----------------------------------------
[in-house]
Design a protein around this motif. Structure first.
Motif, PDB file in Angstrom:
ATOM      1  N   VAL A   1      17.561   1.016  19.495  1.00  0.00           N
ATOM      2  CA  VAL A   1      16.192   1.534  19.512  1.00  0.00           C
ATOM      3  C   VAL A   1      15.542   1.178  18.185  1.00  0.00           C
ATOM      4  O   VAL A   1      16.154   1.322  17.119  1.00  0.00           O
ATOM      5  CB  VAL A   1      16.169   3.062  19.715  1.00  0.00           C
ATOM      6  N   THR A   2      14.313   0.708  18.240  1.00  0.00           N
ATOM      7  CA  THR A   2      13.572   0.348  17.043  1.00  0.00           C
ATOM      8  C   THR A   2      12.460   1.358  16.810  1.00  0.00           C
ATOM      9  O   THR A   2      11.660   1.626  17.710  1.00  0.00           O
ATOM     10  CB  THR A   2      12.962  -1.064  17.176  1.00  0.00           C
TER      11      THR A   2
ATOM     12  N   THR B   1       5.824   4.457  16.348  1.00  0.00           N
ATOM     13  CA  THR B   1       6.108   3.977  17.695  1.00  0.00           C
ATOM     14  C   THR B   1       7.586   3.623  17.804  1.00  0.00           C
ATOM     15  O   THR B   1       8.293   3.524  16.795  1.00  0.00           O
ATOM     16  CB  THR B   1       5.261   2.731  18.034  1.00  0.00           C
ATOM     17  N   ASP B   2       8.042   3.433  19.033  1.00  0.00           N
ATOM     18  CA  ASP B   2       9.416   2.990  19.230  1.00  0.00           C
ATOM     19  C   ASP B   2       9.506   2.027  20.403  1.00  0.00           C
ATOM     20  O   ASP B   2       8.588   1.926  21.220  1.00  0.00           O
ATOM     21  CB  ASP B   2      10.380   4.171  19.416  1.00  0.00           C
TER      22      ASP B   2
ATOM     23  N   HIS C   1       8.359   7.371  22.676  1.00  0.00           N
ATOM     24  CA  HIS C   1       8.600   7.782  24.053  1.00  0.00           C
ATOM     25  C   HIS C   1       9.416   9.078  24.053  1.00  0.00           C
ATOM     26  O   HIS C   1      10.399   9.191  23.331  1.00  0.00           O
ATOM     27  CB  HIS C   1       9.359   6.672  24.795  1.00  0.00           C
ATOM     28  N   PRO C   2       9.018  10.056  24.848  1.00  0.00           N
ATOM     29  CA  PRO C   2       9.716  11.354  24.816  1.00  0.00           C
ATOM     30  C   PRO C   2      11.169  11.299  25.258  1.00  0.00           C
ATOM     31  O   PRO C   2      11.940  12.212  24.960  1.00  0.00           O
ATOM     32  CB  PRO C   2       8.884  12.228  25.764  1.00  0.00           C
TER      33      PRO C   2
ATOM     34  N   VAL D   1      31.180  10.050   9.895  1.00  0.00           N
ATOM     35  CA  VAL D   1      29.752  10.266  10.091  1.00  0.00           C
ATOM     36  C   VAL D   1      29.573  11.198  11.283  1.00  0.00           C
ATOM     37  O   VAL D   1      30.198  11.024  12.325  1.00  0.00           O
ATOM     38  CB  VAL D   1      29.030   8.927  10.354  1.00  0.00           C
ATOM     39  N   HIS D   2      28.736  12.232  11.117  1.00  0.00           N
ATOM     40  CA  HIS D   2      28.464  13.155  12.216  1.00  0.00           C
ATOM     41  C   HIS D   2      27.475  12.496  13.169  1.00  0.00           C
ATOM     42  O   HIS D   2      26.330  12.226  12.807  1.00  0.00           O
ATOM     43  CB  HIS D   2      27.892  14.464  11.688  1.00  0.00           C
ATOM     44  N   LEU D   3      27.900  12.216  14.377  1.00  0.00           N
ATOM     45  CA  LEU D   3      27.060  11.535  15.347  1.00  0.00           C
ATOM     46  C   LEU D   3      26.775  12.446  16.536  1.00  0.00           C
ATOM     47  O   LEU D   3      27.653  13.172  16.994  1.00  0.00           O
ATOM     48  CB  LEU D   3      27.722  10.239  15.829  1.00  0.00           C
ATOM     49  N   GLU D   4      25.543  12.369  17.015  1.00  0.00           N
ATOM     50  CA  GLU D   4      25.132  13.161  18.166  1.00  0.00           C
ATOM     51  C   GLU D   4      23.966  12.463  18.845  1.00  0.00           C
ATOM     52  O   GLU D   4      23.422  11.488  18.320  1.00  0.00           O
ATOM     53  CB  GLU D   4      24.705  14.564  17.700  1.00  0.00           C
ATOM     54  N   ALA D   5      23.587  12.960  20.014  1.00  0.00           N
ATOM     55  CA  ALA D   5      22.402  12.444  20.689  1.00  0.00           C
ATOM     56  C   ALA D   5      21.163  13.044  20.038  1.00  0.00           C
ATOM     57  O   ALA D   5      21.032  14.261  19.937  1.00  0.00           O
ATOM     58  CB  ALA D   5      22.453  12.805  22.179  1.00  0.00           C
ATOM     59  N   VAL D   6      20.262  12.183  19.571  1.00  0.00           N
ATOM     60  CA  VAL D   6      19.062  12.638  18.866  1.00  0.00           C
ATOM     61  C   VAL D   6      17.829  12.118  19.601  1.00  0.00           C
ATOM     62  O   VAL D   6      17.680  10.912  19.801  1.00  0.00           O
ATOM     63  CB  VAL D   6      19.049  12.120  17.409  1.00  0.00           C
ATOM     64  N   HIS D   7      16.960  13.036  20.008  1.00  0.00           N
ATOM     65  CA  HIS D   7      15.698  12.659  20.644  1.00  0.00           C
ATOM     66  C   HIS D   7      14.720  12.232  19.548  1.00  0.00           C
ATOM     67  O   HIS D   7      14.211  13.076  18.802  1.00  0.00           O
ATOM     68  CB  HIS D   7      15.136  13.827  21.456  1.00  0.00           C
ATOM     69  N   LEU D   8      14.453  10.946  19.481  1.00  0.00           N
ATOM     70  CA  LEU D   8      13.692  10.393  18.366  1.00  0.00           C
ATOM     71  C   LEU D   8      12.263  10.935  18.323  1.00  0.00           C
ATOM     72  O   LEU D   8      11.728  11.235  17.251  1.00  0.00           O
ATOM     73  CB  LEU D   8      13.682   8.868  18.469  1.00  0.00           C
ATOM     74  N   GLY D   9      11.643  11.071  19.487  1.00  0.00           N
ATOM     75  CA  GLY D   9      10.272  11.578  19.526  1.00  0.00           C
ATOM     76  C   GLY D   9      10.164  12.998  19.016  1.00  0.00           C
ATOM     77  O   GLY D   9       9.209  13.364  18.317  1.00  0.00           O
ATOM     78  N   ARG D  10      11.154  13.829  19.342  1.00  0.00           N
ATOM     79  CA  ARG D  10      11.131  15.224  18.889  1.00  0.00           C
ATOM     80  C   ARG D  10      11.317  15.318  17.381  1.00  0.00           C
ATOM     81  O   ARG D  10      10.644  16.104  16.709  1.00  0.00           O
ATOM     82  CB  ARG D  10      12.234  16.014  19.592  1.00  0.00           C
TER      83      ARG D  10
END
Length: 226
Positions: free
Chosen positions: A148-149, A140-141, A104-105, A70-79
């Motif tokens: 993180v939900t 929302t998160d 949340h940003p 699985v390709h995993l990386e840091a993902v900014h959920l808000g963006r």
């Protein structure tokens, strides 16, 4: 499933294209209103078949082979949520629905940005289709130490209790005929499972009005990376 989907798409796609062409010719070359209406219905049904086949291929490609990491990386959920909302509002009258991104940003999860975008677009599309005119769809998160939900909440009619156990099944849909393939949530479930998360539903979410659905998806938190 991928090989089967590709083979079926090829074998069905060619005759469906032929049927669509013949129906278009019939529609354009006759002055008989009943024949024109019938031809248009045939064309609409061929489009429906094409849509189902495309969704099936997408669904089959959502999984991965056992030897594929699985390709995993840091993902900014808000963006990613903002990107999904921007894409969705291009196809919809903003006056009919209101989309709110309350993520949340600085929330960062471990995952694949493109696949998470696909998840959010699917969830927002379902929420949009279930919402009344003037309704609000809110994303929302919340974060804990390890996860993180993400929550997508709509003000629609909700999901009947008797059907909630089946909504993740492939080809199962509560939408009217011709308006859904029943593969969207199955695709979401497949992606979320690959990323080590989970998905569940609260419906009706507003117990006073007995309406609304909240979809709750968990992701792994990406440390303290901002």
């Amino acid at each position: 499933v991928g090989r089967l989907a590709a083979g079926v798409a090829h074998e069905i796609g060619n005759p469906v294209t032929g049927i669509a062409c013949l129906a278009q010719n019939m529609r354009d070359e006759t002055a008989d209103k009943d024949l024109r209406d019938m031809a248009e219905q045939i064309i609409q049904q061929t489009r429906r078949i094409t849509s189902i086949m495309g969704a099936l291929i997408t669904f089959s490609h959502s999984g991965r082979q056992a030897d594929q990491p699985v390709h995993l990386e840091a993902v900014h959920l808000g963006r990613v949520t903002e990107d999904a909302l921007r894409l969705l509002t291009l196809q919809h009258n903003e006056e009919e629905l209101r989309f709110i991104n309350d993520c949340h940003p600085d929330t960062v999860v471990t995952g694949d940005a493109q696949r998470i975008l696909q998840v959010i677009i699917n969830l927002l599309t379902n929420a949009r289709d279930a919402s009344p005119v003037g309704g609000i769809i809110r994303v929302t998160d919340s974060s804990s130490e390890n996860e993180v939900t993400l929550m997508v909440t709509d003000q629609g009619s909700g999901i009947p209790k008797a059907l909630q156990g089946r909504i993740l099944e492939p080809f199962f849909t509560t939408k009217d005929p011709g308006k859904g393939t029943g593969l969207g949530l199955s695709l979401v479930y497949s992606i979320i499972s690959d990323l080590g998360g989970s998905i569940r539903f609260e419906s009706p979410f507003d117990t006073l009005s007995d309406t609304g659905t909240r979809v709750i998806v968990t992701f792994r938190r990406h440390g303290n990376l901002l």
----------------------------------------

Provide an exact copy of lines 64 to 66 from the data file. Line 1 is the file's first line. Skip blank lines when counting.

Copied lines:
ATOM     61  C   VAL D   6      17.829  12.118  19.601  1.00  0.00           C
ATOM     62  O   VAL D   6      17.680  10.912  19.801  1.00  0.00           O
ATOM     63  CB  VAL D   6      19.049  12.120  17.409  1.00  0.00           C